Cybersecurity News that Matters

Cybersecurity News that Matters

South Korean soldier uses stolen personal information to obtain prescription drugs

Illustration by Areum Hwang, The Readable

by Minkyung Shin

Jul. 02, 2024
11:20 PM GMT+9

A South Korean army officer has been apprehended for stealing the personal information of approximately 90 former soldiers to obtain controlled substances.

On June 21, authorities arrested a service member in his 40s, who serves as an officer in the army, on charges of violating narcotics control and privacy laws, as confirmed by a spokesperson from the Gyeonggi Hanam Police Station.

The police explained that the soldier accessed personal details of over 90 former service members through the army’s internal network system, including names and resident registration numbers. Subsequently, he used this stolen information to create a counterfeit identification card, allowing him to obtain prescription medications without legitimate prescriptions.

According to police reports, the soldier visited multiple hospitals in Seoul and the Gyeonggi region to obtain prescriptions for psychotropic drugs, specifically zolpidem, a narcotic used for sleep disorders.

Additionally, on June 27, authorities arrested a woman in her 30s not affiliated with the military, for her involvement in the illegal procurement of drugs with the soldier.

These crimes took place between December 2023 and June 2024.

The criminal was exposed when one victim reported unauthorized prescriptions filled in his name to health authorities.

When contacted for further details, the Gyeonggi Hanam Police Station declined to disclose additional information, citing the ongoing nature of the investigation.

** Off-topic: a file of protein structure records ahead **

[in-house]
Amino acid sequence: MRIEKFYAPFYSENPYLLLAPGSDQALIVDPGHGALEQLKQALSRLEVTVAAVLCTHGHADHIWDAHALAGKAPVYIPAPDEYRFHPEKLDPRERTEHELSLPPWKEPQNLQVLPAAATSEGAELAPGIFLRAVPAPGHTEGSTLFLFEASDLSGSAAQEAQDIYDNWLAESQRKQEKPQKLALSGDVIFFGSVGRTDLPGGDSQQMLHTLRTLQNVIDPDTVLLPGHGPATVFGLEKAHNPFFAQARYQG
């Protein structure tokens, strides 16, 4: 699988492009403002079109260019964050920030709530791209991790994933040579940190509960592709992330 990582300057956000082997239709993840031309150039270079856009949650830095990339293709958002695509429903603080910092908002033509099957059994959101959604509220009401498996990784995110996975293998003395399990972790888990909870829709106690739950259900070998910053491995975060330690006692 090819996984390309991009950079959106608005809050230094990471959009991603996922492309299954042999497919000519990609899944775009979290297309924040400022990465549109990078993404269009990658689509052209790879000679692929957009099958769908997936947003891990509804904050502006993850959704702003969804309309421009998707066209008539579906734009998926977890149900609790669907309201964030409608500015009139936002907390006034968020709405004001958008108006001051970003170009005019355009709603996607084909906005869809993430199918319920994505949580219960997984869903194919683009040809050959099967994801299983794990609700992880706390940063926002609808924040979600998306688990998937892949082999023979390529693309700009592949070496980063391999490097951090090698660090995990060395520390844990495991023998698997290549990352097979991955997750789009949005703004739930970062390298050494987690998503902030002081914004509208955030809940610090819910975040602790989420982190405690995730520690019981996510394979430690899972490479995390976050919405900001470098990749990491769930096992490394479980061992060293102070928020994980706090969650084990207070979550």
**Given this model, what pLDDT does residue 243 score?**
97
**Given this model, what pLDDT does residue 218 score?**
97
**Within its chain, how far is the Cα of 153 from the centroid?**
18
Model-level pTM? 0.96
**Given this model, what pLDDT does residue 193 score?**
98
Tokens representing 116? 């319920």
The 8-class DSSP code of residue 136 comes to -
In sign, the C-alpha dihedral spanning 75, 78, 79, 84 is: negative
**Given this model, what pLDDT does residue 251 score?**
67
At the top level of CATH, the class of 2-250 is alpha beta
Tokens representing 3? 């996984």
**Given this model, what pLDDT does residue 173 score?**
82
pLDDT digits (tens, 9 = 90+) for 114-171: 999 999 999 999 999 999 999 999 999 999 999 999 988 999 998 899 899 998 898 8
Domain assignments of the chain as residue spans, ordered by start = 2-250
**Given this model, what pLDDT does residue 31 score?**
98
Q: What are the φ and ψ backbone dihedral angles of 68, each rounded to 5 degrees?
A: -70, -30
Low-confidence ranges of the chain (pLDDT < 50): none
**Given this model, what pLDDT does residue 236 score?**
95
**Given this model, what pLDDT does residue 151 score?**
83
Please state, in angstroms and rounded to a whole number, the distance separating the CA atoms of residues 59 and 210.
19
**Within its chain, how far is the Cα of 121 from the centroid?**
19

Meanwhile, responding to such incidents, the Ministry of Health and Welfare (MOHW) mandated a hospital identification check system effective May 20. This measure, as stated by MOHW, aims to prevent identity exploitation for obtaining health benefits, including prescription medications.

The ministry highlighted, “Over the past five years, the National Health Insurance Service has identified an average of 35,000 cases of identity theft annually. However, the actual number is presumed to be considerably higher.”

Related article: Dark web drug squad is initiated by Korean law enforcement

Illustration by Areum Hwang, The Readable

As drug trafficking is rising as a nationwide problem, South Korean prosecutors will form a drug squad which will specifically monitor the dark web and its illegal drug trade, reported local news outlets referring to an official document submitted by the Supreme Prosecutors’ Office on Thursday.

According to the reports, the Supreme Prosecutors’ Office plans to launch a dedicated team of 15 personnel in three different regions in order to restrain drug trafficking which allegedly occurs through the dark web. The team will be installed in the District Prosecutors’ Office of each region, including Seoul, Incheon, and Busan, as early as January 2023. These regions are the gateways to South Korea since they have international airports and harbors.

The drug squad on the dark web will reportedly focus on analyzing internet search records and IP addresses, in addition to tracking cryptocurrency.

There are estimated to be 250,000 South Korean daily users of the dark web. The Korean prosecutors believe a great number of the users access the dark web for unlawful purposes, such as buying drugs. Last year, Korean law enforcement seized 1295.7kg (2856.5lbs) of drugs, which was an increase of eight times, compared to 2017. READ MORE


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  • Minkyung Shin

    Minkyung Shin serves as a reporting intern for The Readable, where she has channeled her passion for cybersecurity news. Her journey began at Dankook University in Korea, where she pursued studies in...

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